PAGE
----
Kathleen Parker

WINSTON-SALEM, N.C. - While most American women obsess about the laments of frazzled mothers, a handful of their daughters at Wake Forest University are turning their attention to the study of that mysterious and often-demonized species - fathers

Yep, you read it right. Fathers. Dear ol' Dad. Remember him?

Each week, these young women (and one young man, who signed up because he hopes to be a good father someday) arrange their desks in a circle with Dr. Linda Nielsen, psychologist, professor and author, to learn about fathers and fatherhood in the only such college course in the country.

The class is not a therapy session or support group, but a tough college course like any other, involving research, reading, field projects, papers, tests and grades. It's just harder than most because the course also involves introspection, self-analysis and the search for insight into one of life's most important relationships.

I attended a class recently, both as an observer and quasi-lecturer, at Nielsen's invitation. Nielsen's and my discovery of one another was like that scene in "The Count of Monte Cristo" where Edmond Dantes suddenly hears the tapping of another inmate through the dungeon floor and realizes, joyously, that he's not alone. Together they labored to tunnel their way out of captivity and darkness into freedom and light.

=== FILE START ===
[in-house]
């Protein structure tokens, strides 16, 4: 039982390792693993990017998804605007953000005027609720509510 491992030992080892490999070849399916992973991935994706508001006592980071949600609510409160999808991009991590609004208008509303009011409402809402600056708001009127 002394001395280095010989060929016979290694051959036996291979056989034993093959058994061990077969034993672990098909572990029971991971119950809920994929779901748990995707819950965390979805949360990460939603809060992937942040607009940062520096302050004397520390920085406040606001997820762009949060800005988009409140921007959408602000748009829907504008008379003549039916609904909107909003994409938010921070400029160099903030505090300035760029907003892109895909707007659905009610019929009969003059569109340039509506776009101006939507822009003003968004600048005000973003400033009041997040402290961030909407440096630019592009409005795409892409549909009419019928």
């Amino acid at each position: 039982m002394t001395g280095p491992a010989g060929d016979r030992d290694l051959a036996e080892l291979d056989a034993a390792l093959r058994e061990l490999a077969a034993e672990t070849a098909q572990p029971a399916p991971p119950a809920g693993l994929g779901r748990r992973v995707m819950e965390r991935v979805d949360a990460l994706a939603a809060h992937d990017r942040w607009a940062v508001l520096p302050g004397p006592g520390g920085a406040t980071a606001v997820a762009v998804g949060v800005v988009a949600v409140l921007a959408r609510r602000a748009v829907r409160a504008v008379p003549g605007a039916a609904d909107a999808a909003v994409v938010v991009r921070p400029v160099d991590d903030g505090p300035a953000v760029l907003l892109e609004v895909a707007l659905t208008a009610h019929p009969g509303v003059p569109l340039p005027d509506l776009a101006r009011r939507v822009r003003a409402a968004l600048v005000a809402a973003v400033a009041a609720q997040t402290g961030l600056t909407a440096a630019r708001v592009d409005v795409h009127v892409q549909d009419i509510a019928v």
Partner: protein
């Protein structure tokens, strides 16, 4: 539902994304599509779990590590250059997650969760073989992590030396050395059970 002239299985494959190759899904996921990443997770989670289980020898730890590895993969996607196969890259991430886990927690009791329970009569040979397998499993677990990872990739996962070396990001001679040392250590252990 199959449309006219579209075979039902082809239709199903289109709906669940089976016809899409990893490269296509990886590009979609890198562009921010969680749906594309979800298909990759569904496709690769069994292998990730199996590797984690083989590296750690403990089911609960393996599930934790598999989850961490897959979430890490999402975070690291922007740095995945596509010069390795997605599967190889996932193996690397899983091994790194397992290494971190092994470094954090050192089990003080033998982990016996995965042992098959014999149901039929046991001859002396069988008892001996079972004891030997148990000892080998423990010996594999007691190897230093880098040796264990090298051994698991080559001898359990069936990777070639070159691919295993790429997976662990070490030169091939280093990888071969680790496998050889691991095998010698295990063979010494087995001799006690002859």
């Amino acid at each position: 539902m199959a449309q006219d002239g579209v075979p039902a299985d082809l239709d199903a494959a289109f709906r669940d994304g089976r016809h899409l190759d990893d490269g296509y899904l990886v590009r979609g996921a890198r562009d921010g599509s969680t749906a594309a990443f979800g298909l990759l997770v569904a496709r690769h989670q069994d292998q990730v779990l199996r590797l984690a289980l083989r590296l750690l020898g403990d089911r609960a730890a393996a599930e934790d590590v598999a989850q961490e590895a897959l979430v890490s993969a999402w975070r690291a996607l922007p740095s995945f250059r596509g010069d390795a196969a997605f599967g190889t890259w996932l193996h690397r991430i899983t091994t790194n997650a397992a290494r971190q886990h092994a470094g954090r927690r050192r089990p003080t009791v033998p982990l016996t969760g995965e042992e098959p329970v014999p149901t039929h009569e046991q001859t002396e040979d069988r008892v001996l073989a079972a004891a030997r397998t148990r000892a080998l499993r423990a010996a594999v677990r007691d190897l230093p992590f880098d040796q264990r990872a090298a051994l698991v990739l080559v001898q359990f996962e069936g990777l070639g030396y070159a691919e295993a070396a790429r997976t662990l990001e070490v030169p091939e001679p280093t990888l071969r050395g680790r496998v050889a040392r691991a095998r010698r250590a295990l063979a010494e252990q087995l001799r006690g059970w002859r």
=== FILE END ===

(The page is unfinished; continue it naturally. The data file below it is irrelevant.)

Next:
Similarly, these young people dig deeply to liberate themselves from the dark male stereotypes that pervade our culture, enlightening themselves in order to embrace their fathers. The title of Nielsen's book and the course textbook is "Embracing Your Father: How to Build the Relationship You've Always Wanted With Your Dad" (McGraw-Hill, 2004).

Despite the popularity of Nielsen's class, now in its 15th year, and rave reviews from alumni, Nielsen has received scant attention from our nation's literary and cultural gatekeepers. She understands the problem. It is, after all, her job to understand the psychology of groupthink and the unconscious motivations of human beings.

Thus, the joke around Nielsen's kitchen table is that her book might have been a best seller if she'd titled it, "Ten Reasons to Hate Your Father . While Losing 20 Pounds and Having Great Sex!"

Kathleen Parker

Kathleen Parker is a syndicated columnist with the Washington Post Writers Group.
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